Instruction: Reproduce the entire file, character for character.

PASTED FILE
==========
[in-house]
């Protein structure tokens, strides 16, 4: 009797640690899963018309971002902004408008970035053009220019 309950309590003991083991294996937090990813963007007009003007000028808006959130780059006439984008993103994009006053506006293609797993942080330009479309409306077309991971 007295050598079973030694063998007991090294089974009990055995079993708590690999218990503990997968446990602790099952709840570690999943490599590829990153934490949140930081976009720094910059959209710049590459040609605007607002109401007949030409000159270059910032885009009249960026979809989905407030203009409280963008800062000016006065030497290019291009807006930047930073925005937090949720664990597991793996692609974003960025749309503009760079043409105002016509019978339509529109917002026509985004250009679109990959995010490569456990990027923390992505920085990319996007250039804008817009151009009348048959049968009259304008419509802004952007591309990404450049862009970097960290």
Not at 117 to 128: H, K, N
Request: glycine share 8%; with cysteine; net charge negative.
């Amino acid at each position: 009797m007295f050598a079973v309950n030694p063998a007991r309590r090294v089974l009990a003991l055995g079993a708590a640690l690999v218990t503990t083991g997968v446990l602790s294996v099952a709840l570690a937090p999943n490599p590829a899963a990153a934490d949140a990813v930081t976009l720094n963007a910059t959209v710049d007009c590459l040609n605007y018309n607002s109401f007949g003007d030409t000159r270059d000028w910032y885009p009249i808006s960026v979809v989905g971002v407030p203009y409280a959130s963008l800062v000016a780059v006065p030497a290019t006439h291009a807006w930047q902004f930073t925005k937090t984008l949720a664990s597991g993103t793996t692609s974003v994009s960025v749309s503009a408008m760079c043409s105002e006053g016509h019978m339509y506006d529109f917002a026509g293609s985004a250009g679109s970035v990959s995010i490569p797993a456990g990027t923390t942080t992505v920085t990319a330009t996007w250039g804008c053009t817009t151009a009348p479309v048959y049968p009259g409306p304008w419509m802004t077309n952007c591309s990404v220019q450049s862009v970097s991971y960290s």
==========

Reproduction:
[in-house]
């Protein structure tokens, strides 16, 4: 009797640690899963018309971002902004408008970035053009220019 309950309590003991083991294996937090990813963007007009003007000028808006959130780059006439984008993103994009006053506006293609797993942080330009479309409306077309991971 007295050598079973030694063998007991090294089974009990055995079993708590690999218990503990997968446990602790099952709840570690999943490599590829990153934490949140930081976009720094910059959209710049590459040609605007607002109401007949030409000159270059910032885009009249960026979809989905407030203009409280963008800062000016006065030497290019291009807006930047930073925005937090949720664990597991793996692609974003960025749309503009760079043409105002016509019978339509529109917002026509985004250009679109990959995010490569456990990027923390992505920085990319996007250039804008817009151009009348048959049968009259304008419509802004952007591309990404450049862009970097960290």
Not at 117 to 128: H, K, N
Request: glycine share 8%; with cysteine; net charge negative.
């Amino acid at each position: 009797m007295f050598a079973v309950n030694p063998a007991r309590r090294v089974l009990a003991l055995g079993a708590a640690l690999v218990t503990t083991g997968v446990l602790s294996v099952a709840l570690a937090p999943n490599p590829a899963a990153a934490d949140a990813v930081t976009l720094n963007a910059t959209v710049d007009c590459l040609n605007y018309n607002s109401f007949g003007d030409t000159r270059d000028w910032y885009p009249i808006s960026v979809v989905g971002v407030p203009y409280a959130s963008l800062v000016a780059v006065p030497a290019t006439h291009a807006w930047q902004f930073t925005k937090t984008l949720a664990s597991g993103t793996t692609s974003v994009s960025v749309s503009a408008m760079c043409s105002e006053g016509h019978m339509y506006d529109f917002a026509g293609s985004a250009g679109s970035v990959s995010i490569p797993a456990g990027t923390t942080t992505v920085t990319a330009t996007w250039g804008c053009t817009t151009a009348p479309v048959y049968p009259g409306p304008w419509m802004t077309n952007c591309s990404v220019q450049s862009v970097s991971y960290s």